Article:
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Is child work a deterrent to school attendance and school attainment?: Evidence from Bangladesh

  • Rasheda Khanam
  • Russell Ross

Purpose – The aim of this paper is to examine the linkages between child work and both school attendance and school attainment of children aged 5-17 years using data from a survey based in rural Bangladesh. Design/methodology/approach – This paper first looks at school attendance as an indicator of a child's time input in schooling; then it measures the “schooling-for-age” as a learning achievement or schooling outcome using logistic regression models. Findings – The results from this paper show that school attendance and grade attainment are lower for children who are working. The gender-disaggregated estimates show that probability of grade attainment is lower for girls than that of boys. The results further reveal that child work has the highest impact on schooling of Bangladeshi children, followed by supply side correlates (presence of a school in the community), parental education and household income, respectively. Practical implications – The results obtained in this paper are of interest to policy makers seeking to design policies that increase school outcome and reduce child labor. Originality/value – The paper contributes to the limited empirical literature that has explored the impact of child work on schooling on Bangladesh by considering supply side correlates of schooling, and unpaid household work in modeling child labor.

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Article provided by Emerald Group Publishing in its journal International Journal of Social Economics.

Volume (Year): 38 (2011)
Issue (Month): 8 (July)
Pages: 692-713

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Handle: RePEc:eme:ijsepp:v:38:y:2011:i:8:p:692-713
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  1. Heady, Christopher, 2003. "The Effect of Child Labor on Learning Achievement," World Development, Elsevier, vol. 31(2), pages 385-398, February.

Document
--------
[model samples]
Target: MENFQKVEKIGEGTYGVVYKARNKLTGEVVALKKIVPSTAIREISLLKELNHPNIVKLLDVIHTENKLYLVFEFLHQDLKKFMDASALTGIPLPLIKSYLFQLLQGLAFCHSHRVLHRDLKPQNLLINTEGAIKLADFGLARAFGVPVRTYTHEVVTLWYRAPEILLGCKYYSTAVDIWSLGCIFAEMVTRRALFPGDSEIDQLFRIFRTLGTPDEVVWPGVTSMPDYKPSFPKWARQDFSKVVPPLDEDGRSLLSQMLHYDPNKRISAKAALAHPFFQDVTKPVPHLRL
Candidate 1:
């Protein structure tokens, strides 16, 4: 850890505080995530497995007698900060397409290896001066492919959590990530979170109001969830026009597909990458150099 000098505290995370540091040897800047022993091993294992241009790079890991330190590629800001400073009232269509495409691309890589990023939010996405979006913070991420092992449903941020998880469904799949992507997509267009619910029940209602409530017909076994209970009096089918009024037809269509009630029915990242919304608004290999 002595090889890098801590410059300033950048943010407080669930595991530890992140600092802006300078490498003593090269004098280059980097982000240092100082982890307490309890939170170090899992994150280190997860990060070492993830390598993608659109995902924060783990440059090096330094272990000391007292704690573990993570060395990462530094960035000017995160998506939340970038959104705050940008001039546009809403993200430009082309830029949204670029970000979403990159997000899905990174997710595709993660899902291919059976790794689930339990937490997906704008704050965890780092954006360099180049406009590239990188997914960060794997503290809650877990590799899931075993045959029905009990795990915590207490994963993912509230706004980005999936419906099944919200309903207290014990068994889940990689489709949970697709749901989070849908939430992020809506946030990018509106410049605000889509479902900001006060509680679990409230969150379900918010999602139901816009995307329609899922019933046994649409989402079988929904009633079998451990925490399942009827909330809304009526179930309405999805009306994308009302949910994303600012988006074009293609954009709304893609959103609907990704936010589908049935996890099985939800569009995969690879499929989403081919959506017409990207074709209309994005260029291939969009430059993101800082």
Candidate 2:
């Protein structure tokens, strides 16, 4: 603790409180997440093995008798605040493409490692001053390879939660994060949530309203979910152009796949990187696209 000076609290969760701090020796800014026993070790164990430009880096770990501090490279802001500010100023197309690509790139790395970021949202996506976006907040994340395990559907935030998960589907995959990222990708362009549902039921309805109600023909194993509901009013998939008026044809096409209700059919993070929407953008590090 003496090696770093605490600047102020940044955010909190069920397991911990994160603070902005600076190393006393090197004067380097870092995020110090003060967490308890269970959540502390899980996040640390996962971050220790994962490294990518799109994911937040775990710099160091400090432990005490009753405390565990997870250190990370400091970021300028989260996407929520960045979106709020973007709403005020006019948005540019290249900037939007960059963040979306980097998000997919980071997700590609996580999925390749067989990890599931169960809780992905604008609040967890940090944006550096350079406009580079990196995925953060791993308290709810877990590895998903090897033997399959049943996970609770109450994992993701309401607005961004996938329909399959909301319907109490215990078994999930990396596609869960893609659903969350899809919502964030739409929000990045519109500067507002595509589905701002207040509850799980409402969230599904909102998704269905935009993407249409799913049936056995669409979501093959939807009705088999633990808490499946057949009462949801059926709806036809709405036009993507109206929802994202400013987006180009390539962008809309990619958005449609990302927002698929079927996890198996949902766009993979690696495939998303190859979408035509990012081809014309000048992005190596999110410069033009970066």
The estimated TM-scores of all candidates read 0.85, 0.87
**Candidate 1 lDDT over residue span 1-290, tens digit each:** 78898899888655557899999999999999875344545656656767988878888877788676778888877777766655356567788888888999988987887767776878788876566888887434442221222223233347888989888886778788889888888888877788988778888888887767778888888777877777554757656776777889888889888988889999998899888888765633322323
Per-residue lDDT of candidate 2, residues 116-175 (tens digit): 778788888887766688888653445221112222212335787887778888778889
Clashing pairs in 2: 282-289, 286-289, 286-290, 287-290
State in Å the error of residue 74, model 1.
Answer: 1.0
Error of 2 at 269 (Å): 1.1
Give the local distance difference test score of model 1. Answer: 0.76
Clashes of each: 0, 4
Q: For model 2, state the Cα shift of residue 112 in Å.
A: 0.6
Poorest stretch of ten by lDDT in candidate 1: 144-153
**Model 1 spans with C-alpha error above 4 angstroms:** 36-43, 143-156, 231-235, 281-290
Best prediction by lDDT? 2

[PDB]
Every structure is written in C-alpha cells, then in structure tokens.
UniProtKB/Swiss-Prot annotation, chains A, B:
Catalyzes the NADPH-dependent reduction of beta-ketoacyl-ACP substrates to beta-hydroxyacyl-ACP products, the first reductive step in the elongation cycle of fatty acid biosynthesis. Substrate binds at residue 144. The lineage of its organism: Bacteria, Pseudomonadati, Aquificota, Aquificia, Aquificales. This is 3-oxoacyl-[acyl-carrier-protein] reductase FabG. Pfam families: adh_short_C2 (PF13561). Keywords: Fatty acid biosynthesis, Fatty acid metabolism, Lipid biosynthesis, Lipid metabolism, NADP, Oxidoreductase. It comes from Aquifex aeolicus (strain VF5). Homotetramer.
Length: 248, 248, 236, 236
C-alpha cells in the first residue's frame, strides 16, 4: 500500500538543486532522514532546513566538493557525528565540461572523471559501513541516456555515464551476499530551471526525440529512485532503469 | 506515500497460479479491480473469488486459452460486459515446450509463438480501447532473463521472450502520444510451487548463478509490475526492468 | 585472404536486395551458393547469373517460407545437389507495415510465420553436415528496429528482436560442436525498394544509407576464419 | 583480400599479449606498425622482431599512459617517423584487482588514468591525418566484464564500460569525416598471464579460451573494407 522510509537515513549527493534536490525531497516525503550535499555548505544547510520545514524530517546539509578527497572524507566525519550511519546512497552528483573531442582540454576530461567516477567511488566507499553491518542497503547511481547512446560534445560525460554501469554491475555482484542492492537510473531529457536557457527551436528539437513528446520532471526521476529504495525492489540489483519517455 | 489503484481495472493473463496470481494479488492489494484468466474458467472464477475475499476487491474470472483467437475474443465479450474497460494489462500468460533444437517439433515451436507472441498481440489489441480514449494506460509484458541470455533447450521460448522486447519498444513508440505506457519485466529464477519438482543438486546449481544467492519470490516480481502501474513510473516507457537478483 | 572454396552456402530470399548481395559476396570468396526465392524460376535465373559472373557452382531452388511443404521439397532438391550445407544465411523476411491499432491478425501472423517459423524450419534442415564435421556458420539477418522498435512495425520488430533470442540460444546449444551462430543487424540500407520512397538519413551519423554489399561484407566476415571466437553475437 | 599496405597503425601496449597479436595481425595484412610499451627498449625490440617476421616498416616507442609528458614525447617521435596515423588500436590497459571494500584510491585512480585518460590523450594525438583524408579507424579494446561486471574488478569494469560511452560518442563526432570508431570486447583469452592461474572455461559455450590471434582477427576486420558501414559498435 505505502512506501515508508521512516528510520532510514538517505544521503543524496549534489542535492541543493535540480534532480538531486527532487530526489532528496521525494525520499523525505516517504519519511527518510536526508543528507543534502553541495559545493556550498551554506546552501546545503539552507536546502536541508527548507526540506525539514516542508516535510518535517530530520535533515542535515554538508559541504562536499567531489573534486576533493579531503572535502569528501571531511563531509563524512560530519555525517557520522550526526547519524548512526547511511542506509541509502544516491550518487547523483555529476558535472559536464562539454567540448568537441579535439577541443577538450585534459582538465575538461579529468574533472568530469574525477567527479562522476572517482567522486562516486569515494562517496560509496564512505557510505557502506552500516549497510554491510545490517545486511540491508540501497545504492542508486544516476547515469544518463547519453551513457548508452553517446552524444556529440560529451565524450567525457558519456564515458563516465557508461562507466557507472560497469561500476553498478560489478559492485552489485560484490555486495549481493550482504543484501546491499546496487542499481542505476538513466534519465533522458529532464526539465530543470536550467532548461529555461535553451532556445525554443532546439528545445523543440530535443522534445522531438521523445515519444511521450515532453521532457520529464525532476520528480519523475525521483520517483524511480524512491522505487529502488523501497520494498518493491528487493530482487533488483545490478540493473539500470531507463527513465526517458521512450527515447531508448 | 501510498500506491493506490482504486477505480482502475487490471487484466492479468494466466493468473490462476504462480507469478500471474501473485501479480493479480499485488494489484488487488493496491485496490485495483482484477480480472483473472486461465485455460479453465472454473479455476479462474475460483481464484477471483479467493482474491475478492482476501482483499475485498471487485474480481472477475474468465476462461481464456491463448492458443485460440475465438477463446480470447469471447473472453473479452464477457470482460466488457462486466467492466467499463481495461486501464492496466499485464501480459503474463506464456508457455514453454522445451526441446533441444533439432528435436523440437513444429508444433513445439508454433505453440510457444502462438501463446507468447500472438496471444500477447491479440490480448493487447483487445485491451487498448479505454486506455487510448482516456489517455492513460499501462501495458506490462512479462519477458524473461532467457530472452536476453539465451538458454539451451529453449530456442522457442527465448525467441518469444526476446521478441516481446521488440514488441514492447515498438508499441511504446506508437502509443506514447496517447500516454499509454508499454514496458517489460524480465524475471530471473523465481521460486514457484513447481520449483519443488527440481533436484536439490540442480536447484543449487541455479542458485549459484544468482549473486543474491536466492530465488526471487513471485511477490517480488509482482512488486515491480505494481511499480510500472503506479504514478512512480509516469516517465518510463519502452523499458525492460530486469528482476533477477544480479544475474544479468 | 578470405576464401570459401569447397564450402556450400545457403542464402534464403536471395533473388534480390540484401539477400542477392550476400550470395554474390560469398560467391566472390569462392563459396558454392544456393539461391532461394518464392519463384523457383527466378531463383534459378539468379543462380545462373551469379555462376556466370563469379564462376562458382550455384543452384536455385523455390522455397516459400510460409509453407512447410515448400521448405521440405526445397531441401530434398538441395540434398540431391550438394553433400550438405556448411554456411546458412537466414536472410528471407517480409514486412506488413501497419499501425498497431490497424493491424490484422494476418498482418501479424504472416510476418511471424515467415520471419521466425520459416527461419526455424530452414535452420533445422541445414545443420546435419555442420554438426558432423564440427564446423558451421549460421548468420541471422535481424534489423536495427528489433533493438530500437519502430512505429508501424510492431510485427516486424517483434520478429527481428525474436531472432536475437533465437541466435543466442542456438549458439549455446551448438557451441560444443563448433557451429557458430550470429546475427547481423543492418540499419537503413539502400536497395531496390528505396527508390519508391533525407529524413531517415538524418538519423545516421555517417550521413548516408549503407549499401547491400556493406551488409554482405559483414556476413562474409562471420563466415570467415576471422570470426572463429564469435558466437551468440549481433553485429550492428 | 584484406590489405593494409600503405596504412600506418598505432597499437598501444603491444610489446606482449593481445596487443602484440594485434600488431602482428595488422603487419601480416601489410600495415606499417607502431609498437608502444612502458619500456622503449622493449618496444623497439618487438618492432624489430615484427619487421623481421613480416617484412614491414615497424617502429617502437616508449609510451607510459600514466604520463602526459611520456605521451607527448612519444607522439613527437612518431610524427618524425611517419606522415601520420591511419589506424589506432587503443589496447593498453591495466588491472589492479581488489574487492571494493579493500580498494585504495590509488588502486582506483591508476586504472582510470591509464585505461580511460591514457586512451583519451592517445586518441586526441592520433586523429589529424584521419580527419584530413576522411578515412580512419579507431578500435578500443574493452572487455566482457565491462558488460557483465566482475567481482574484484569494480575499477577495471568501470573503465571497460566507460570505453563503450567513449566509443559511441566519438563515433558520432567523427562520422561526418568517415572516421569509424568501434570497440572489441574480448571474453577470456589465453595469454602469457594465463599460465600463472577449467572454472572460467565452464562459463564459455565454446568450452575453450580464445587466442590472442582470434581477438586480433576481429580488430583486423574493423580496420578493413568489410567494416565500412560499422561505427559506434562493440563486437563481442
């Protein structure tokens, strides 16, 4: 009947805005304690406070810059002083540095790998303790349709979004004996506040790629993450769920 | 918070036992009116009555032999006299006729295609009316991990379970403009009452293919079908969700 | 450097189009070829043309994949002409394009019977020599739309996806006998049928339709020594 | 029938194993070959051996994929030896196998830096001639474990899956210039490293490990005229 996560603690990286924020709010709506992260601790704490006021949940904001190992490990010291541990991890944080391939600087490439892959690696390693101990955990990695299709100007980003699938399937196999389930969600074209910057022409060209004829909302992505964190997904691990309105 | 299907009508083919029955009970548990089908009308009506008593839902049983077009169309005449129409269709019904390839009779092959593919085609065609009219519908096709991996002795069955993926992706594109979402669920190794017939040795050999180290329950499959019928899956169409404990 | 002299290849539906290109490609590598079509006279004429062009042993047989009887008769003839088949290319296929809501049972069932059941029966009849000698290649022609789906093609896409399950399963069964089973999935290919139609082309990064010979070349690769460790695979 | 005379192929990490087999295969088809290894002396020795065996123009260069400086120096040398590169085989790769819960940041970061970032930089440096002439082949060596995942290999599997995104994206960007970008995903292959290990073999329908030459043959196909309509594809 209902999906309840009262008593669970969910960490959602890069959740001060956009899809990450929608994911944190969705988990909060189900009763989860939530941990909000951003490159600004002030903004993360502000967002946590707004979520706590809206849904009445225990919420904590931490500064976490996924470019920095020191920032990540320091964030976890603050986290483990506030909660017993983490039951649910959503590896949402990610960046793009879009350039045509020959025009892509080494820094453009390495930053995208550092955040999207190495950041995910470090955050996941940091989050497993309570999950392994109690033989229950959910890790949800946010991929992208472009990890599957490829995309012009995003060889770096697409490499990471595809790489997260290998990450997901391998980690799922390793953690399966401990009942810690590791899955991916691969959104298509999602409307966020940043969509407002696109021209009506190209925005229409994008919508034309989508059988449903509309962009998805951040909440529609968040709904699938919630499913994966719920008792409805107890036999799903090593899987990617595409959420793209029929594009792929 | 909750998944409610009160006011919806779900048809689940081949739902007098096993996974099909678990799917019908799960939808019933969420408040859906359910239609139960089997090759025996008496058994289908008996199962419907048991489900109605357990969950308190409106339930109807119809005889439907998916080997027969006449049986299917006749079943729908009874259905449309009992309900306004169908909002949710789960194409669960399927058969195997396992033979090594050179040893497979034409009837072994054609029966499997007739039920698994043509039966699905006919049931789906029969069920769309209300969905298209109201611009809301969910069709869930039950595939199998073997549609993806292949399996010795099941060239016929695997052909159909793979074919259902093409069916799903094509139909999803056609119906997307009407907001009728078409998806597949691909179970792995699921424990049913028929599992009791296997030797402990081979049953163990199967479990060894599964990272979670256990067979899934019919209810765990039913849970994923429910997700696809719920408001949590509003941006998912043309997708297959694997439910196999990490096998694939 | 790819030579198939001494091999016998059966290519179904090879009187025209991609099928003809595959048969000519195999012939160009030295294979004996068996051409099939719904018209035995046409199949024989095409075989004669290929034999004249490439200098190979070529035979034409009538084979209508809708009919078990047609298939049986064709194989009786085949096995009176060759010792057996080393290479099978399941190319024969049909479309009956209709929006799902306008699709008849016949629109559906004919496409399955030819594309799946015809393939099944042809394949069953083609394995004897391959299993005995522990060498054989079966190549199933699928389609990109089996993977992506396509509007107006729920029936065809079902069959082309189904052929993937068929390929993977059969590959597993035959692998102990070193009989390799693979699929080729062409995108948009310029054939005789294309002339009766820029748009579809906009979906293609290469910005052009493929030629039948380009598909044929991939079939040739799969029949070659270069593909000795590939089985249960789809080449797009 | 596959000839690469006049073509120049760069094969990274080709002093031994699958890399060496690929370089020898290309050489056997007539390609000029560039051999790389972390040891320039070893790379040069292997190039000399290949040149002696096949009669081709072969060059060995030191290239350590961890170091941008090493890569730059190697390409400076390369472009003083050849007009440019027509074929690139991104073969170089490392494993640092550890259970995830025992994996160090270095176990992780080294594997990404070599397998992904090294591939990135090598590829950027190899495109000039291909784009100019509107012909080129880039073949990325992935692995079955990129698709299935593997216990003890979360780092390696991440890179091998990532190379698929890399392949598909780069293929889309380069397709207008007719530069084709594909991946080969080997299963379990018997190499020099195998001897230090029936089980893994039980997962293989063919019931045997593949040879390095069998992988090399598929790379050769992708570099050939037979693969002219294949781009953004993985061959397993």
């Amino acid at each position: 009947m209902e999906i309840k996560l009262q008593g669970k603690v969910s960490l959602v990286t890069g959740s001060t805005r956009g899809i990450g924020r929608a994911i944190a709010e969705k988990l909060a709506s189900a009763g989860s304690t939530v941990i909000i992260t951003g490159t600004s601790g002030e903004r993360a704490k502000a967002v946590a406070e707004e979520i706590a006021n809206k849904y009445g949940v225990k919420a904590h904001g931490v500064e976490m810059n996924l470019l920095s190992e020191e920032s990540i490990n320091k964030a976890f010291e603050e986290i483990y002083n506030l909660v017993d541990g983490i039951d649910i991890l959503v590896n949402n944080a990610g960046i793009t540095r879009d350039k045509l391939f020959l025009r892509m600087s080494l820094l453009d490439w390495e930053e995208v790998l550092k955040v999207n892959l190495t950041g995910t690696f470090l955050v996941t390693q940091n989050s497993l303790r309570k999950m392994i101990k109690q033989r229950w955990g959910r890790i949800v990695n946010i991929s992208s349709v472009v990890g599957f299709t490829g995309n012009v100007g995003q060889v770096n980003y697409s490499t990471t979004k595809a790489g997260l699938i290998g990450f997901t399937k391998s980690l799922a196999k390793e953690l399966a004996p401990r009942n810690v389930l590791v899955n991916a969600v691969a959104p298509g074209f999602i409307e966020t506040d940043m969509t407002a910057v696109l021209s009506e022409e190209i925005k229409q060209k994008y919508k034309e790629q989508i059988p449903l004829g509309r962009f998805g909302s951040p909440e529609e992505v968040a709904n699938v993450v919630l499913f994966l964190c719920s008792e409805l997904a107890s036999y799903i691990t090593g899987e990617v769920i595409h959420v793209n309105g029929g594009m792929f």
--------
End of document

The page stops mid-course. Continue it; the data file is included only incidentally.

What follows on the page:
2. Becker, Gary S & Lewis, H Gregg, 1973. "On the Interaction between the Quantity and Quality of Children," Journal of Political Economy, University of Chicago Press, vol. 81(2), pages S279-88, Part II, .
  3. Claire Salmon, 2005. "Child Labor in Bangladesh," Journal of Developing Societies, , vol. 21(1-2), pages 33-54, June.
  4. T. Paul Schultz, 2001. "School Subsidies for the Poor: Evaluating the Mexican Progresa Poverty Program," Working Papers 834, Economic Growth Center, Yale University.
  5. Rosenzweig, Mark R & Evenson, Robert E, 1977. "Fertility, Schooling, and the Economic Contribution of Children in Rural India: An Econometric Analysis," Econometrica, Econometric Society, vol. 45(5), pages 1065-79, July.
  6. Geoffrey Lancaster & Ranjan Ray, 2004. "Does Child Labour Affect School Attendance and School Performance?Multi Country Evidence on SIMPOC data," Econometric Society 2004 Australasian Meetings 68, Econometric Society.
  7. George Psacharopoulos, 1997. "Child labor versus educational attainment Some evidence from Latin America," Journal of Population Economics, Springer, vol. 10(4), pages 377-386.
  8. Ravallion, Martin & Wodon, Quentin, 2000. "Does Child Labour Displace Schooling? Evidence on Behavioural Responses to an Enrollment Subsidy," Economic Journal, Royal Economic Society, vol. 110(462), pages C158-75, March.
  9. Pushkar Maitra, 2003. "Schooling and Educational Attainment: Evidence from Bangladesh," Education Economics, Taylor & Francis Journals, vol. 11(2), pages 129-153.
  10. Furio C. Rosati & Mariacristina Rossi, 2003. "Children's Working Hours and School Enrollment: Evidence from Pakistan and Nicaragua," CEIS Research Paper 25, Tor Vergata University, CEIS.
  11. Victoria Gunnarsson & Peter F. Orazem & Mario A. Sánchez, 2006. "Child Labor and School Achievement in Latin America," World Bank Economic Review, World Bank Group, vol. 20(1), pages 31-54.
  12. Amin, Shahina & Quayes, Shakil & Rives, Janet M., 2006. "Market work and household work as deterrents to schooling in Bangladesh," World Development, Elsevier, vol. 34(7), pages 1271-1286, July.
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